Localization, on the other hand, restores local economies to their rightful place as community sustainers and preservers where everyone is employed in some occupation that benefits that community. No foreign owners exploit the land and its people for profit. Communities, therefore, are self-sufficient, or, if not, trade with nearby local communities for what they lack.
The film vigorously defends the largely agrarian, localized economic model of Ladakh as it used to be before globalization and as it struggles to become once again, if the dispossessed can only get their land back. Then, the film strongly suggests, the Ladakhis will once again be the happy, healthy folk they were before global capitalism displaced their way of life.
As facilitator and Naro co-owner Tench Phillips noted, this may seem like little more than propaganda.
But Ms. Norber-Hodge, who claims many years of association with the Ladakhis, makes the case that among those who still live in the localized manner of their ancestors there is genuine happiness. Indeed, on camera they look like vital, healthy, fun-loving people. It’s impressive that among all the smiling faces shown, young and old, everyone seems to have strong, healthy teeth.
Norber-Hodge also takes us to other countries, including England and the US, where efforts to establish or restore local economies are, in some cases, well beyond the experimental stage. A famous example is how the city of Detroit, on track to becoming a ghost town after the automobile industry left, has turned into a bit of a poster child for urban farming on abandoned lots.
It seems as if this stuff just might work, so long as a significant number of us can be happy as small farmers. But that might set a steep learning curve for most of us, including the Naro panelists. Three of the four—Rosenthal, Shaw, and, most particularly, Dean—did not emphasize environmental concerns and offered little comment on the film. Their focus was on human progress and, therefore, was primarily urban. Only Ellis, the Gaian, included Nature, not just as a stake holder but as the determining force in any economic discussion.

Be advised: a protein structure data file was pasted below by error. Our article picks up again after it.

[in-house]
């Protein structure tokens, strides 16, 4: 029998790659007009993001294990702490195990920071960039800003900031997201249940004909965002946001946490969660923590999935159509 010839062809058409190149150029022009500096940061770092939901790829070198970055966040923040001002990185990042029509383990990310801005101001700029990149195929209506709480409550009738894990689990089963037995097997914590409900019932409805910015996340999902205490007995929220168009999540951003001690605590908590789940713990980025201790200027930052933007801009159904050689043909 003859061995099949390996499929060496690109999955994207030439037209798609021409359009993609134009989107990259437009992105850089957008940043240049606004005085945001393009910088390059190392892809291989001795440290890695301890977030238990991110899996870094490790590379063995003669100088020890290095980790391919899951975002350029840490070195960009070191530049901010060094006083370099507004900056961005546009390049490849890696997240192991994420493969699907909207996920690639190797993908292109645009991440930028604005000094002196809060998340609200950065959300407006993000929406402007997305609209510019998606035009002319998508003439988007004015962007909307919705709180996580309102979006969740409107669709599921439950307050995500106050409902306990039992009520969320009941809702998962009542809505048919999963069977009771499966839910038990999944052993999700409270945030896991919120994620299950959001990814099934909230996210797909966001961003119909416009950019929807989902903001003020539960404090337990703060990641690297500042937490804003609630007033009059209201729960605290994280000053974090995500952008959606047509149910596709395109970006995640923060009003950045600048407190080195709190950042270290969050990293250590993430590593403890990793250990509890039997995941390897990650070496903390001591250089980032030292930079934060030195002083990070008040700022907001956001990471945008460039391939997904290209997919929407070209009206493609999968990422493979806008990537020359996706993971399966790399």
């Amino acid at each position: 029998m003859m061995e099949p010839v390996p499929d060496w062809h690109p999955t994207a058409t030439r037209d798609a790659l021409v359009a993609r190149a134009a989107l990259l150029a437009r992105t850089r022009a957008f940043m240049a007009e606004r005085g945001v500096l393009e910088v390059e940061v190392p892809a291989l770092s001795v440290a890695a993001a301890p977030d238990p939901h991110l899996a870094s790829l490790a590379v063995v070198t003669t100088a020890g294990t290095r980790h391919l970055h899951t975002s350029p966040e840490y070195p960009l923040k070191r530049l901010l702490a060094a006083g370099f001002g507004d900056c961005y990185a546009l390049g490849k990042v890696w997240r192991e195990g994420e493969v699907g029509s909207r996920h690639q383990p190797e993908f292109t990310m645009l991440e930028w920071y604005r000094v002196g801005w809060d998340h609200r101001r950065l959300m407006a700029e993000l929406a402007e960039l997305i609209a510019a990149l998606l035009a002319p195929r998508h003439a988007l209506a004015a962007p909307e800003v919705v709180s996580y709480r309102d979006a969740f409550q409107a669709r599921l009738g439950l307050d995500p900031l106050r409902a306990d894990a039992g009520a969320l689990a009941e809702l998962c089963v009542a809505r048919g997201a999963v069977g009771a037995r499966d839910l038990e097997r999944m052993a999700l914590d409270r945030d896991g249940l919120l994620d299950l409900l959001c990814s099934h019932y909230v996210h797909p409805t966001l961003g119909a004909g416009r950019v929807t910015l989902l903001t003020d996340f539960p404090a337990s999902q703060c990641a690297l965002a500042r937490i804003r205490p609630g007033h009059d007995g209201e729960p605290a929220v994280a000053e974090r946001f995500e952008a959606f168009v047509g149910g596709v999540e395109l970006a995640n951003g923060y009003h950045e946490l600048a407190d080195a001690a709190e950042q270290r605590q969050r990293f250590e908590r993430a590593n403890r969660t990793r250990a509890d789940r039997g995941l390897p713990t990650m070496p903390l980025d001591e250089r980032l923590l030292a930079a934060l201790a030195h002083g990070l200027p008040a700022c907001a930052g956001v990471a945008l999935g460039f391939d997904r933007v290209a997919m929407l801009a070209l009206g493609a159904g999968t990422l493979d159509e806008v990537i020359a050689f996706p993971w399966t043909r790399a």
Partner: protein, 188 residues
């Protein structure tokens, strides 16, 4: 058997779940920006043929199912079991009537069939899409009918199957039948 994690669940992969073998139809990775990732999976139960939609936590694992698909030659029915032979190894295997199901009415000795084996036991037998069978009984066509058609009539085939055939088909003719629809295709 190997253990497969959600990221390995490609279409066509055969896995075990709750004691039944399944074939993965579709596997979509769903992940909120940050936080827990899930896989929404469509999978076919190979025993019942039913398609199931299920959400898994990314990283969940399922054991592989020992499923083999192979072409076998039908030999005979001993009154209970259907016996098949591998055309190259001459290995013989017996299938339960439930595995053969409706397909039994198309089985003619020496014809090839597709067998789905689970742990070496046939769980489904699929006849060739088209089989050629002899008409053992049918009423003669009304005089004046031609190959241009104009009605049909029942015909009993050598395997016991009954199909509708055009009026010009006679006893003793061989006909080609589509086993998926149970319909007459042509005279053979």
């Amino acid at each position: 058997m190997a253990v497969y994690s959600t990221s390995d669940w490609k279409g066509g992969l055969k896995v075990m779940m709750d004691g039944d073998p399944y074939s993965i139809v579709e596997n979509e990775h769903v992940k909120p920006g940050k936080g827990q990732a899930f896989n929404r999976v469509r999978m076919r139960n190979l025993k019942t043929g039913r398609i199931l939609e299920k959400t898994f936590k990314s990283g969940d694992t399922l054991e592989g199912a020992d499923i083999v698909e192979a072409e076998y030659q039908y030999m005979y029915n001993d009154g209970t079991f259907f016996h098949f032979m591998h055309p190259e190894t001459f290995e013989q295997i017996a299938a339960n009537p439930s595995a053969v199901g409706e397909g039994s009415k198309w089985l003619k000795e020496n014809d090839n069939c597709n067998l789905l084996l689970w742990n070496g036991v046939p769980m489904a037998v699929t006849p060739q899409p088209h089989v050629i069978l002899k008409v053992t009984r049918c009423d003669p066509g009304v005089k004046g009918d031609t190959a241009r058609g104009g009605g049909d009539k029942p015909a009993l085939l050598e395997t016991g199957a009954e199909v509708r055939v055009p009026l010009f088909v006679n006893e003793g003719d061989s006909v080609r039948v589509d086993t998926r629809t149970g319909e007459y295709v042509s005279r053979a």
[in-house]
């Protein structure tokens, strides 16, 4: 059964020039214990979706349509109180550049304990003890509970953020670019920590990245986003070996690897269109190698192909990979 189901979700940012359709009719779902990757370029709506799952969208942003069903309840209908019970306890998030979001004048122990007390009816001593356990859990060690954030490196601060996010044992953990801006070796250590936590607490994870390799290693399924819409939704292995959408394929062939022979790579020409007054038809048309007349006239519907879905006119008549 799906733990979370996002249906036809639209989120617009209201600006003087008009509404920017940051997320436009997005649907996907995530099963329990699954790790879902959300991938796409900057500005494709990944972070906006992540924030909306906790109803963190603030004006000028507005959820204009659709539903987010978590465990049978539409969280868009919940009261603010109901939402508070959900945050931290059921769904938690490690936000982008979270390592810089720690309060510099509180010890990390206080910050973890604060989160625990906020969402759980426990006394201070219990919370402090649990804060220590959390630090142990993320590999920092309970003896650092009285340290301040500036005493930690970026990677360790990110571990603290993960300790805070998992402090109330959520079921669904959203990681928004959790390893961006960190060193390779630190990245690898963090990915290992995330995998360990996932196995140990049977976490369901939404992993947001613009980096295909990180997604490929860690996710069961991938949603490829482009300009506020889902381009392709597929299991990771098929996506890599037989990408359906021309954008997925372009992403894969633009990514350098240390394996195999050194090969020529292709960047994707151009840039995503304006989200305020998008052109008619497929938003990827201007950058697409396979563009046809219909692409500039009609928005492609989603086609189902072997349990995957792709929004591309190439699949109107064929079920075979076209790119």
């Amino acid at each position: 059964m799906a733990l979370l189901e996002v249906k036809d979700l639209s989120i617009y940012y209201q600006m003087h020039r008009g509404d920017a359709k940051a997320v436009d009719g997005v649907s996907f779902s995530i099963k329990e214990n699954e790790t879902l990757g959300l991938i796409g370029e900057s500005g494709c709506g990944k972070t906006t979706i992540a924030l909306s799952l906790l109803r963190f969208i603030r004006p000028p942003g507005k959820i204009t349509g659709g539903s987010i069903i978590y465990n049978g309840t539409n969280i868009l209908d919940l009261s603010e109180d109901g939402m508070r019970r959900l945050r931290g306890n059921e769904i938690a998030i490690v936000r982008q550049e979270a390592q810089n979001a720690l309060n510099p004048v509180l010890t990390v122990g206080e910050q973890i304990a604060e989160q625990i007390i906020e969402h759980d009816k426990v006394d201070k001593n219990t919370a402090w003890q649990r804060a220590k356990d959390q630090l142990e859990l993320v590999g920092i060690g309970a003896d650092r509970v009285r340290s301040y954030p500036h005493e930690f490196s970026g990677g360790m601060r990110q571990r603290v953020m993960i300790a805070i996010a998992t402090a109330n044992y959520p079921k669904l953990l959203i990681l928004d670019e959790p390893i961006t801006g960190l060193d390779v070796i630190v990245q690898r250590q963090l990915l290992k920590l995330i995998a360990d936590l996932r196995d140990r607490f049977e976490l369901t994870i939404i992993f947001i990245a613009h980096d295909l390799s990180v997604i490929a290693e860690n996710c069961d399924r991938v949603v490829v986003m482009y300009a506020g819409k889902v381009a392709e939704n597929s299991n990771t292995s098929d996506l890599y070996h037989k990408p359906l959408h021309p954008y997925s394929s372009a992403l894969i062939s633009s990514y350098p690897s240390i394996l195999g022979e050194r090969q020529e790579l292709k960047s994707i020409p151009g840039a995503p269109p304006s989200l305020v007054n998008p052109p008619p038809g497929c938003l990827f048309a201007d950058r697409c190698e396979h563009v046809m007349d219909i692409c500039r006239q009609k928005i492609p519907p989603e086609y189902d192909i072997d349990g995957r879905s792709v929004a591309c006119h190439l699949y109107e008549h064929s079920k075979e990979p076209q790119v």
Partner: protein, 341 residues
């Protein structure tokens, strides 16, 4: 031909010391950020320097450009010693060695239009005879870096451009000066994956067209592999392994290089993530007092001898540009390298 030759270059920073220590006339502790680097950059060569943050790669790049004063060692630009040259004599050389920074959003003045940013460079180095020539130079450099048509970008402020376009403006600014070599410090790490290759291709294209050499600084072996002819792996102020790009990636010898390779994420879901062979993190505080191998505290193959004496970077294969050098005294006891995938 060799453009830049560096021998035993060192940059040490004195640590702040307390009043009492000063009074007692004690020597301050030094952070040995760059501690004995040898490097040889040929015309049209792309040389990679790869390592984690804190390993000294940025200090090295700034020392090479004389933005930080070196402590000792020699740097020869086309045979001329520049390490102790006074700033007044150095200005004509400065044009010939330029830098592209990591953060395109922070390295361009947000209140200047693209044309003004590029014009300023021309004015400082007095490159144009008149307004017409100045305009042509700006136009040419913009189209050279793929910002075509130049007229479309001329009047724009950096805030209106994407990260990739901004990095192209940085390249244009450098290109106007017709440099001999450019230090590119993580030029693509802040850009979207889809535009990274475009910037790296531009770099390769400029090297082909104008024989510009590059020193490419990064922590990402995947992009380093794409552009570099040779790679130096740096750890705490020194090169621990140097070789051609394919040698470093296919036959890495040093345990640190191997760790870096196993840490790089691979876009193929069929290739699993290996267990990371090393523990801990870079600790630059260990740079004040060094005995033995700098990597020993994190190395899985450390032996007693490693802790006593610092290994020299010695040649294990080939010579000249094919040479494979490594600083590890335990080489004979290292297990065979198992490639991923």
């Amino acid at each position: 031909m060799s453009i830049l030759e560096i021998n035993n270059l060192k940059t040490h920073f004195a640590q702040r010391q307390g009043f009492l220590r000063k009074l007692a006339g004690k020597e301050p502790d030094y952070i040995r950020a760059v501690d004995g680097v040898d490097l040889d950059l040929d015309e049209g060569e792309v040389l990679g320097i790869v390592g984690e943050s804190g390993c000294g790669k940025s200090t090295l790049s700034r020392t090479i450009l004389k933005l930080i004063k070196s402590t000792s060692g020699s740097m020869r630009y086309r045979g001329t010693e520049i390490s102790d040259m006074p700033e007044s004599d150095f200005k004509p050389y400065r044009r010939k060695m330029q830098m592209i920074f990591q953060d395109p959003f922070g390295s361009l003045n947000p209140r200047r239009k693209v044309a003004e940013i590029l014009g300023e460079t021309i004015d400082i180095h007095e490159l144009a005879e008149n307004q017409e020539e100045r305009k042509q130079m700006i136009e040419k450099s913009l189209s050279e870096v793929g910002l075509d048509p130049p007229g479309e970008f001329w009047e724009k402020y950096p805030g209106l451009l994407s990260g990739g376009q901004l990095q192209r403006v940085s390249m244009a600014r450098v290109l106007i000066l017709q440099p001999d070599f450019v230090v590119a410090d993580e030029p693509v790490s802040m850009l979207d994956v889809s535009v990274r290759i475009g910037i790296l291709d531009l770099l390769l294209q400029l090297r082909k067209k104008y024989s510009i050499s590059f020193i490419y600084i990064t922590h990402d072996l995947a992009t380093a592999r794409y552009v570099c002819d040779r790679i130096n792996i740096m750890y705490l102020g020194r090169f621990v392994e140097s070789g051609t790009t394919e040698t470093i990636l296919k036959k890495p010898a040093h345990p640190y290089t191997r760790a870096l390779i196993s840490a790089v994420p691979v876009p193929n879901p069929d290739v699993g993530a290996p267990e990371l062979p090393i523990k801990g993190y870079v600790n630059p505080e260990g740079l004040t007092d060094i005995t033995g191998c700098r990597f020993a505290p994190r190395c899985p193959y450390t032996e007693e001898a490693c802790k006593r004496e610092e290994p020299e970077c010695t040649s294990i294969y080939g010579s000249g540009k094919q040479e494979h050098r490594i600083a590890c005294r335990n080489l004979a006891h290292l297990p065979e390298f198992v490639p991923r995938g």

The evening was, to be sure, an educational experience, yet for me it raised more questions than answers. Most people seem to agree that our civilization is presently operating on an unsustainable economic system, but can anyone agree on what to do about it? Do we reform the present system, as Shaw suggests? Do we slash taxes and shrink government, as Dean says? Do we become democratic socialists, as Rosenthal would like? Or, as Ellis urges, do we plunge practically blind into a whole new relationship with each other and the planet, economically, emotionally, and spiritually?
Shaw’s ideas may be the most immediately practical, but will they go far enough to heal the wounds of Mother Earth? Dean seems to favor social Darwinism to winnow those from our midst who can’t fend for themselves, which I personally find repugnant. Rosenthal’s compassion and respect for the masses does not shine very well for me through the lens of the Marxist experiments where the dictatorship of the proletariat quickly became just another dictatorship. And Ellis’ most practical idea—to vote with our wallets for those who produce sustainable goods and services—doesn’t have much meaning for those below the poverty line.
So I left asking myself, What kind of an economic system would bring me the greatest happiness?
Since I didn’t grow up with money and was taught to admire idealists who usually didn’t have much money, I came to feel that life would be better for everyone if no one had much money. In that sense, I’m a Marxist and resonate to Rosenthal’s pitch.
But I also am an American kid who nods and grins when Chuck Berry sings, “Anything you want they got it right here in the USA.” In that sense, I’m with Dean—utterly conditioned to the wonders of the box store, which Shaw reinforces with his moderate capitalism to the tune, say, of Mozart or Beethoven. Maybe we can just keep going on, fixing and perfecting what we’ve already got. Wouldn’t that be best?
But some years ago my wife and I discovered camping and fell in love with Nature. That’s where I join Ellis, and if I had to live on a village level, camping in the forest, I think I might find some happiness.
So what economic system do I think would create the greatest happiness?
Some combination, I think, of all the above. There doesn’t seem to be just one way to do things any more.